Trade Unions and Transfer Payments: When are They Reasons to Prefer Democracy to Dictatorship?

UC Davis Working Paper #97-25

Posted: 3 Apr 1998

See all articles by John E. Roemer

John E. Roemer

Yale University - Department of Political Science; Yale University - Cowles Foundation

Date Written: September, 1997

Abstract

Under dictatorship, trade unions and strikes are illegal, and so wages are low and employment is full. Under democracy, there are two institutional innovations: trade unions, which can keep the wage about the Walrasian level, and the citizen franchise, by which citizens may vote transfer payments to the unemployed. I model the dictatorial equilibrium as Walrasian, and the democratic equilibrium as the Nash equilibrium of a game played between voters and union members-more formally, between the median voter and the median worker. These two individuals are different, because the polity consists of workers and asset-holders-the latter vote, but supply capital rather than labor.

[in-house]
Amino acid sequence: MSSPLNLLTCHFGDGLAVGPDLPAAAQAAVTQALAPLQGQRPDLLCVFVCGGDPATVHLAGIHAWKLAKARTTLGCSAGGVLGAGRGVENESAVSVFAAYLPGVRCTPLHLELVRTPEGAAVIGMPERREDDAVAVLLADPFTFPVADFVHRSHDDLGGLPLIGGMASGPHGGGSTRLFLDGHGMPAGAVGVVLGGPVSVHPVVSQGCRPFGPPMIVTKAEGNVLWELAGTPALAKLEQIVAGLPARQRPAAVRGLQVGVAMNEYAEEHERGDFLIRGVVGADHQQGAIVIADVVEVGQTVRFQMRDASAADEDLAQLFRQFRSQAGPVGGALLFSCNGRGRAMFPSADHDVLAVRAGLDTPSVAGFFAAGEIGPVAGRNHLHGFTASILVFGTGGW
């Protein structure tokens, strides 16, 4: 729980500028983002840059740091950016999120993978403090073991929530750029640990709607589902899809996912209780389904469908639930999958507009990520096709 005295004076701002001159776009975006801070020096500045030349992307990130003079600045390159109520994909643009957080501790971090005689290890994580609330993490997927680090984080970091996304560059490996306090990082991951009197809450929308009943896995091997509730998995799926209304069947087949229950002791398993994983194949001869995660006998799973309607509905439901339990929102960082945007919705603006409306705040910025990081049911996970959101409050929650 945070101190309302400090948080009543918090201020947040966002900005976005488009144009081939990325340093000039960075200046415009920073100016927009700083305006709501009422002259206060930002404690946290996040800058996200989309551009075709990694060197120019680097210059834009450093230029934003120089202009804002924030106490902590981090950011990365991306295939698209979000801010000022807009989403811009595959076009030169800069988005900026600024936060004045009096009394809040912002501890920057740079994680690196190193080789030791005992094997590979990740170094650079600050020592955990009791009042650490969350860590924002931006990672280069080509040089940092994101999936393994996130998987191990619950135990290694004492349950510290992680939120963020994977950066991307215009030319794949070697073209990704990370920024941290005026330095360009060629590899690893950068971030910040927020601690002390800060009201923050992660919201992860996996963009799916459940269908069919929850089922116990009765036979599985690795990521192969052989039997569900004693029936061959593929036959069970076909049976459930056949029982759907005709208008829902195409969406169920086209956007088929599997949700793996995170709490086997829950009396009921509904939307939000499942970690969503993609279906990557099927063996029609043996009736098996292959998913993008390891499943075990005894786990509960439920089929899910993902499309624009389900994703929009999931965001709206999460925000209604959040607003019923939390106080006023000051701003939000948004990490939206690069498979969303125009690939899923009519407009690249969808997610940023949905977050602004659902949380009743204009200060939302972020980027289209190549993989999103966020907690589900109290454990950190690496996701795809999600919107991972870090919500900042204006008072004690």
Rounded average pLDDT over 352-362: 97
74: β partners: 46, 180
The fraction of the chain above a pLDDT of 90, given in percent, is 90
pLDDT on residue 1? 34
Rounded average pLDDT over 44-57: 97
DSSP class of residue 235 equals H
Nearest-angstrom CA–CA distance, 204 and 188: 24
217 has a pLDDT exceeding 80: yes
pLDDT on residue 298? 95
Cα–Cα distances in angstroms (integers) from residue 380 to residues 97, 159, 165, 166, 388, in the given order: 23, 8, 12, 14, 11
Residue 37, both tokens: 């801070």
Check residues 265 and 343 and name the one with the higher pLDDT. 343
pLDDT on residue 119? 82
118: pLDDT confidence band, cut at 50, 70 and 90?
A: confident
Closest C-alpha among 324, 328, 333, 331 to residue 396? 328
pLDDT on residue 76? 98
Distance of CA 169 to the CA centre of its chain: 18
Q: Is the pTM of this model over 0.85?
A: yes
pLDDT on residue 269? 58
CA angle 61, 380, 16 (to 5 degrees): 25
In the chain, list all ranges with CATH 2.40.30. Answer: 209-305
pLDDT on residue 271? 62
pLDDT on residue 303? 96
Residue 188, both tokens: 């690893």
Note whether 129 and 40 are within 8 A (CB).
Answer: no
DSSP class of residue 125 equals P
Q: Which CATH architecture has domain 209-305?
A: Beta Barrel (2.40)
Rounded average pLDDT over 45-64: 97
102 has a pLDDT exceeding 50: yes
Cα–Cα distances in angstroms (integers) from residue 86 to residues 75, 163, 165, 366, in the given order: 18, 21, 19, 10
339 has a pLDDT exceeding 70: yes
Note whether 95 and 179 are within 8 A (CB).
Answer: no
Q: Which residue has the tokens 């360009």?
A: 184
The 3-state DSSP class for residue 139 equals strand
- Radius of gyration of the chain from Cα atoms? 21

In the move from dictatorship to democracy, the worker exchanges the sure-thing of a low wage to a lottery between a higher wage (if employed) and a transfer payment (if unemployed). Workers are differentiated according to their skill. I calculate the size of the coalition of workers that favors the democratic equilibrium over the dictatorial equilibrium, as a parameter of economic development increases. For a class of CES production functions, it is indeed the case that the democracy-favoring coalition grows with economic development. This is not true, however, for the Cobb-Douglas production function.

JEL Classification: D70, D72, O1

Suggested Citation

Roemer, John E., Trade Unions and Transfer Payments: When are They Reasons to Prefer Democracy to Dictatorship? (September, 1997). UC Davis Working Paper #97-25. Available at SSRN: https://ssrn.com/abstract=73428

John E. Roemer (Contact Author)

Yale University - Department of Political Science ( email )

Box 208269
New Haven, DC 06520-8269
United States
203-432-5249 (Phone)
203-432-6196 (Fax)

HOME PAGE: http://pantheon.yale.edu/~jer39/

Yale University - Cowles Foundation

Box 208281
New Haven, CT 06520-8281
United States

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